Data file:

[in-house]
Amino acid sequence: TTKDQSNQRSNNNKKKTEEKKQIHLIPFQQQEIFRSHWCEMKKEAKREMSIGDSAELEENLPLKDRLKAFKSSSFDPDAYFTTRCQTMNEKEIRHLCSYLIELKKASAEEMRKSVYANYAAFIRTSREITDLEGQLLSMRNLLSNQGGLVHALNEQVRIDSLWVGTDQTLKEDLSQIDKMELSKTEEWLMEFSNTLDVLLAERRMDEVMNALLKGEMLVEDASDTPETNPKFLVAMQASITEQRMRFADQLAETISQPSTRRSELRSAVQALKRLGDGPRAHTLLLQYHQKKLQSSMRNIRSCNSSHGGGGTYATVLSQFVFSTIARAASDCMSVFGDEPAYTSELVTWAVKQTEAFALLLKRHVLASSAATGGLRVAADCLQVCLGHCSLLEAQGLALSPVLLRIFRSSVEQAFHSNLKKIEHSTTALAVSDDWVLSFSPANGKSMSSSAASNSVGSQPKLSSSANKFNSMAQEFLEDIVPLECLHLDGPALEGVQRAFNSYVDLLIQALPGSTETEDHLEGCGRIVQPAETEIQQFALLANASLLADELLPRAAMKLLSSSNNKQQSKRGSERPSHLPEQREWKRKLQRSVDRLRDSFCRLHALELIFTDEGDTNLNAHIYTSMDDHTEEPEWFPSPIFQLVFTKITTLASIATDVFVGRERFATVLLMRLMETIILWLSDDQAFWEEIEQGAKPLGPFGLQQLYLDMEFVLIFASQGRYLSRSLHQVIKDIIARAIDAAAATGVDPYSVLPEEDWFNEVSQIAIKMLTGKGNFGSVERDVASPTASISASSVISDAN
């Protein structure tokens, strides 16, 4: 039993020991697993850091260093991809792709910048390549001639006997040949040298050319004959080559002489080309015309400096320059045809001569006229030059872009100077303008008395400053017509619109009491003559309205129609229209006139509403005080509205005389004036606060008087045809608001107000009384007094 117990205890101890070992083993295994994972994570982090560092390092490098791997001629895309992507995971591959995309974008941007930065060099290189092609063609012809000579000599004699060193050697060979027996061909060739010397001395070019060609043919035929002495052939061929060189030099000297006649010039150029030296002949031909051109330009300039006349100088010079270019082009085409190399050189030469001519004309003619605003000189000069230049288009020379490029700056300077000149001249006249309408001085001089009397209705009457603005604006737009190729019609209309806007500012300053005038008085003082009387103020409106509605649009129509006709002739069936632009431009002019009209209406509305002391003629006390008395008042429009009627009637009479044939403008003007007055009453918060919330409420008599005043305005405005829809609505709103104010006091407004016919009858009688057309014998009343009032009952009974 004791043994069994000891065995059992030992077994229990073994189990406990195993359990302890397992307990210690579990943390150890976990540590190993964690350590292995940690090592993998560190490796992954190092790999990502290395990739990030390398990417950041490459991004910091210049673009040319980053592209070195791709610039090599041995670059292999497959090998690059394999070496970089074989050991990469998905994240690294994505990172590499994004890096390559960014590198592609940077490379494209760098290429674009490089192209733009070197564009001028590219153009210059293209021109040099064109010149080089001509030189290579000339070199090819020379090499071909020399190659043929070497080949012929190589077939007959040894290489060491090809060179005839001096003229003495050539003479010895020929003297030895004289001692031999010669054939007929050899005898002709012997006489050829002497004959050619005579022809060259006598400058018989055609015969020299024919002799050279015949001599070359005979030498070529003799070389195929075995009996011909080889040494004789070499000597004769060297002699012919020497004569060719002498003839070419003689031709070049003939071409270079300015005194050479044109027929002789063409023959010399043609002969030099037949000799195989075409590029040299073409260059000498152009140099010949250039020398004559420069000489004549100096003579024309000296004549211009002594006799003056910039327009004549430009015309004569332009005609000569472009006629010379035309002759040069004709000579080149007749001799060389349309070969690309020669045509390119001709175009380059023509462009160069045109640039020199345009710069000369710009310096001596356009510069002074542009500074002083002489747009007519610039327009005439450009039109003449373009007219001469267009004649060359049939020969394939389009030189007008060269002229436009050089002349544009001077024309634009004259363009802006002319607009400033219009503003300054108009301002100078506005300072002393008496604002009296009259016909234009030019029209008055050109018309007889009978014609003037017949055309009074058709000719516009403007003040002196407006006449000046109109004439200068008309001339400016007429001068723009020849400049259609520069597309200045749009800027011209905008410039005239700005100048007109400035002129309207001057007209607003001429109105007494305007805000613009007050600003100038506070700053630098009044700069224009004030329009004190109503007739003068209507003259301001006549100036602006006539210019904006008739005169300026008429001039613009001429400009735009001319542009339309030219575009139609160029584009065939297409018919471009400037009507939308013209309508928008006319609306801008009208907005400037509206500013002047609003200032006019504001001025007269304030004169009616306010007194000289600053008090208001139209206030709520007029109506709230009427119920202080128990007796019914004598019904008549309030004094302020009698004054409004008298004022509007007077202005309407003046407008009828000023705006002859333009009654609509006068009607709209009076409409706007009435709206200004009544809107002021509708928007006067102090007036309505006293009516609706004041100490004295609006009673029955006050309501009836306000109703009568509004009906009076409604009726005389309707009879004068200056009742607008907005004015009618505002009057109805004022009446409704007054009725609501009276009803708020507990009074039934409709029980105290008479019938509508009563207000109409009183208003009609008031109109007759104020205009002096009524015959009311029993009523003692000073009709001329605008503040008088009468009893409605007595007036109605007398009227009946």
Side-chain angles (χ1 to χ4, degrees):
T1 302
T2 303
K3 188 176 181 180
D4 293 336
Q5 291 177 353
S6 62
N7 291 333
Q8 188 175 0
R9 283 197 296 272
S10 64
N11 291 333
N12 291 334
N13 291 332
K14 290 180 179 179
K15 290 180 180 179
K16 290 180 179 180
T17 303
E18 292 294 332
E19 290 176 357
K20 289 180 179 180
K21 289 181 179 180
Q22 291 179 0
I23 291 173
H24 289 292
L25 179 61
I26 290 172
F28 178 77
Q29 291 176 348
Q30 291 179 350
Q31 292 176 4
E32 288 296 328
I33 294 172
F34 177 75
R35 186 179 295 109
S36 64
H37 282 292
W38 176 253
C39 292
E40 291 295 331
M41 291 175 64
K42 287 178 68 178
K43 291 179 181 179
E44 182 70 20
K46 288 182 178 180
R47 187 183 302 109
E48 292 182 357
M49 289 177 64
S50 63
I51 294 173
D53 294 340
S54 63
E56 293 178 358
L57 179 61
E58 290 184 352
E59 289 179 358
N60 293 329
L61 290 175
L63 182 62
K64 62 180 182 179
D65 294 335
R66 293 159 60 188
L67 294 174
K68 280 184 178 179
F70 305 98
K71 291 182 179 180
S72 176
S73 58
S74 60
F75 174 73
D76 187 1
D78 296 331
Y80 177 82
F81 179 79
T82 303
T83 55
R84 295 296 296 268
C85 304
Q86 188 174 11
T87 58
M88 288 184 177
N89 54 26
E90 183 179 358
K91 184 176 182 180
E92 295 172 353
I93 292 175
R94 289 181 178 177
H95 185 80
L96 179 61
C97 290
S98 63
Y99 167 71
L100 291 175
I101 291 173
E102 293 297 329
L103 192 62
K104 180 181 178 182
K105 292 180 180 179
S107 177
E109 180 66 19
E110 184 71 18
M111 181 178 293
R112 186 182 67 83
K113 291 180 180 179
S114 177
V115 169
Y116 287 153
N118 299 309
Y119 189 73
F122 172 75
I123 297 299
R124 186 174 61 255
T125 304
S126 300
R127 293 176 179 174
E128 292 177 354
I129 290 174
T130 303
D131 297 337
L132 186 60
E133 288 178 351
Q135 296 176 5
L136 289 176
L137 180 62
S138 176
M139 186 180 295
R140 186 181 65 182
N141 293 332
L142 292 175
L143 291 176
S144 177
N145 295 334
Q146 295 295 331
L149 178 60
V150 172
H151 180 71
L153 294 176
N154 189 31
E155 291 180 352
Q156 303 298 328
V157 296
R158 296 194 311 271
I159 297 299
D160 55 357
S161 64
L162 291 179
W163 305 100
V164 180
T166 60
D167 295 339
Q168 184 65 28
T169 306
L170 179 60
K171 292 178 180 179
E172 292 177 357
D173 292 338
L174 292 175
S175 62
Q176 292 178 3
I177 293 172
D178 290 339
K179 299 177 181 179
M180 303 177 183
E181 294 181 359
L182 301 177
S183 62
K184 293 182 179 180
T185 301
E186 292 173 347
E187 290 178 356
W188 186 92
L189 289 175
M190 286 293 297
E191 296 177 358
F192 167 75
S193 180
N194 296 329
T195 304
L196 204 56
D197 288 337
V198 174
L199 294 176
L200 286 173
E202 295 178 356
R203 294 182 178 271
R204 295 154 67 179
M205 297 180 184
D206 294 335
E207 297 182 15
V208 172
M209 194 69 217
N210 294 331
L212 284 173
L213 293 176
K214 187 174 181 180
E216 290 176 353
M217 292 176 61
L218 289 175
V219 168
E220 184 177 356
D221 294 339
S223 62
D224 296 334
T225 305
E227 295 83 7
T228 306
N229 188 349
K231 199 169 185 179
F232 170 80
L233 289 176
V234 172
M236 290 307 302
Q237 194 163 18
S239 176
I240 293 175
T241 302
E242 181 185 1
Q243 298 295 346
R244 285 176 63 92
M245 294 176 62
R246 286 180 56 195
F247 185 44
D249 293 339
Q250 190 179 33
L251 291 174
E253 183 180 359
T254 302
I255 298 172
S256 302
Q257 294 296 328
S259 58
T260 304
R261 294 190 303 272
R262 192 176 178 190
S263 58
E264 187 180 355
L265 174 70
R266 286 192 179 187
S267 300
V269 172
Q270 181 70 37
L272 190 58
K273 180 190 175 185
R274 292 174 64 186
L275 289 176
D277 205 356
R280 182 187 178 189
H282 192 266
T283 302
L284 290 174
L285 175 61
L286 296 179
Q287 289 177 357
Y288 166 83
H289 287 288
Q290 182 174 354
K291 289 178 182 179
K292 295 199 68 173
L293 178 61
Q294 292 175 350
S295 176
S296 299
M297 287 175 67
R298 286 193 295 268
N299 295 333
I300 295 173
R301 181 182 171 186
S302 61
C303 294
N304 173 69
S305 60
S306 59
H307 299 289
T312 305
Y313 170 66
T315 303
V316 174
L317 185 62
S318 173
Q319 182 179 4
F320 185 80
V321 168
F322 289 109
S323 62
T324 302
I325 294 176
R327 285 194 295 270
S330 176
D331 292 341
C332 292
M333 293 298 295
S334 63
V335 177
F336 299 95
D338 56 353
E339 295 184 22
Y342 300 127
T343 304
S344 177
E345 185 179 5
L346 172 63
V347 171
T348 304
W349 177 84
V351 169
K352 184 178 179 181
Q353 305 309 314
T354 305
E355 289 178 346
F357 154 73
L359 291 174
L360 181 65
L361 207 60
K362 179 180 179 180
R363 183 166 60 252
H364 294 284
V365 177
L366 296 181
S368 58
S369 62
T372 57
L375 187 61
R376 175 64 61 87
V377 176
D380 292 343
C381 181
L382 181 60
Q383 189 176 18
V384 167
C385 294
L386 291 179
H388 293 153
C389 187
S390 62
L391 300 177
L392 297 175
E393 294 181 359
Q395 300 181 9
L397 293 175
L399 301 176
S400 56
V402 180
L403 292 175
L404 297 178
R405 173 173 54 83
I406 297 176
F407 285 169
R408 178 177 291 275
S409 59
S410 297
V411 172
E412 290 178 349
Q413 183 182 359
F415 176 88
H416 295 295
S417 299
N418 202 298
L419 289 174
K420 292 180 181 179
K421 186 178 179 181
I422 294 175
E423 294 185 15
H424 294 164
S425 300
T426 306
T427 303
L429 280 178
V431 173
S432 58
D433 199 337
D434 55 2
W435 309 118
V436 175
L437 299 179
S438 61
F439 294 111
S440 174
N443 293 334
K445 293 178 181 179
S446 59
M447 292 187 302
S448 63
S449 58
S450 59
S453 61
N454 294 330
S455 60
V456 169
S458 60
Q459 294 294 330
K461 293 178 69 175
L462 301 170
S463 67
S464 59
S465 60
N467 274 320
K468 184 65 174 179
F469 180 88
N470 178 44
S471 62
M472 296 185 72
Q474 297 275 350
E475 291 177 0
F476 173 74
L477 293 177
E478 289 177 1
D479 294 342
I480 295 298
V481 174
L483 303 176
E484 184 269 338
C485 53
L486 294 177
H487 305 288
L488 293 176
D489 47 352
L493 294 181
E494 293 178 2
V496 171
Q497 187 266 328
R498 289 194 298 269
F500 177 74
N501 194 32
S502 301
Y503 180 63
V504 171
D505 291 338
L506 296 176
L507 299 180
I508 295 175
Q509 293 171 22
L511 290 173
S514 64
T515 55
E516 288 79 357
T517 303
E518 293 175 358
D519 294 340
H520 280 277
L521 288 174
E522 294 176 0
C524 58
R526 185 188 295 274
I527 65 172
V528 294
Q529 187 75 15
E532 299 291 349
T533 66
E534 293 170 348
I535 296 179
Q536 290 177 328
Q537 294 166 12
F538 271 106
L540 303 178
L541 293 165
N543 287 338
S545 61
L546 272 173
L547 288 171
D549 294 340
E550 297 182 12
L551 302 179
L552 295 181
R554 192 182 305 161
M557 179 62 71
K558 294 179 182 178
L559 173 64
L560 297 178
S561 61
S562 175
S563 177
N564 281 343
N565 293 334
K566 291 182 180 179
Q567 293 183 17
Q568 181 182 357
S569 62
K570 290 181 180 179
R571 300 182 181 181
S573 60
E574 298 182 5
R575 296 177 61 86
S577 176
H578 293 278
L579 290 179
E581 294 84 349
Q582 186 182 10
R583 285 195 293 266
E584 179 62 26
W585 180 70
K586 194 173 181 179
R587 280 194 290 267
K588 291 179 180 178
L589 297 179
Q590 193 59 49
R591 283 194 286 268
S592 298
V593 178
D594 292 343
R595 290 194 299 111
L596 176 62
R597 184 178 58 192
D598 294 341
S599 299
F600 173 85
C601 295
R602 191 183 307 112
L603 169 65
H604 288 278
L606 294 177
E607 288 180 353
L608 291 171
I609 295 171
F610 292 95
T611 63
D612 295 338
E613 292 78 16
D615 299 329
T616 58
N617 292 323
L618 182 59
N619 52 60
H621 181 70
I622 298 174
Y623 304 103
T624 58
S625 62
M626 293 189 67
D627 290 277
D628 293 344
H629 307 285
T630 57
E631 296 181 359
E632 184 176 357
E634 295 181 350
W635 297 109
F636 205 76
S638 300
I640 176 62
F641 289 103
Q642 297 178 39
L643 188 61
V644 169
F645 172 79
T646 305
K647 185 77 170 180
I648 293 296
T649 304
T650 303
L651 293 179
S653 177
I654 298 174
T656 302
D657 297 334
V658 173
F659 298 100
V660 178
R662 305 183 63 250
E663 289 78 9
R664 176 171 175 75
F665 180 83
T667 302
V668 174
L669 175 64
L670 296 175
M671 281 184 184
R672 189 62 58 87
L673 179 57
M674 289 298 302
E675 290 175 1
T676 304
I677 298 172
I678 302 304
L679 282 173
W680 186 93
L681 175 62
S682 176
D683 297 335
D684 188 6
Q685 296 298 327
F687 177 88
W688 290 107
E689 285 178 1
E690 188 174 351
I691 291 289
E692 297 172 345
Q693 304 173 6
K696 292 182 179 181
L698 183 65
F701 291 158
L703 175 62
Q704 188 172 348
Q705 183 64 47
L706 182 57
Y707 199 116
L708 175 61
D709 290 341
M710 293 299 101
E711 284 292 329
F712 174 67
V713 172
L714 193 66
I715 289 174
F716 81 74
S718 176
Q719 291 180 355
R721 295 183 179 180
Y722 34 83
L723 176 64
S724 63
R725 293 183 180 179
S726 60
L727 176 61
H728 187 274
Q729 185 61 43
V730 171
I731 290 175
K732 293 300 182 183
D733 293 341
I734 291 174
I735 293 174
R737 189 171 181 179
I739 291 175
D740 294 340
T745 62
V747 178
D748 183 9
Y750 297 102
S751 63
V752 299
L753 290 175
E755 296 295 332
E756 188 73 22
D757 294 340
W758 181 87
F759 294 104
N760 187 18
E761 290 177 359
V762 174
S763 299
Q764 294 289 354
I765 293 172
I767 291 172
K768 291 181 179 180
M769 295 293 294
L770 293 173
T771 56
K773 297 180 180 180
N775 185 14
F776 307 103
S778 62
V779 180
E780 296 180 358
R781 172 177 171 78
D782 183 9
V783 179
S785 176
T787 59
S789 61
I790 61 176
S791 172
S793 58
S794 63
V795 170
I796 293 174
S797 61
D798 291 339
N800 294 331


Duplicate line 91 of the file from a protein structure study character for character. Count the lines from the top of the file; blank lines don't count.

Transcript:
H95 185 80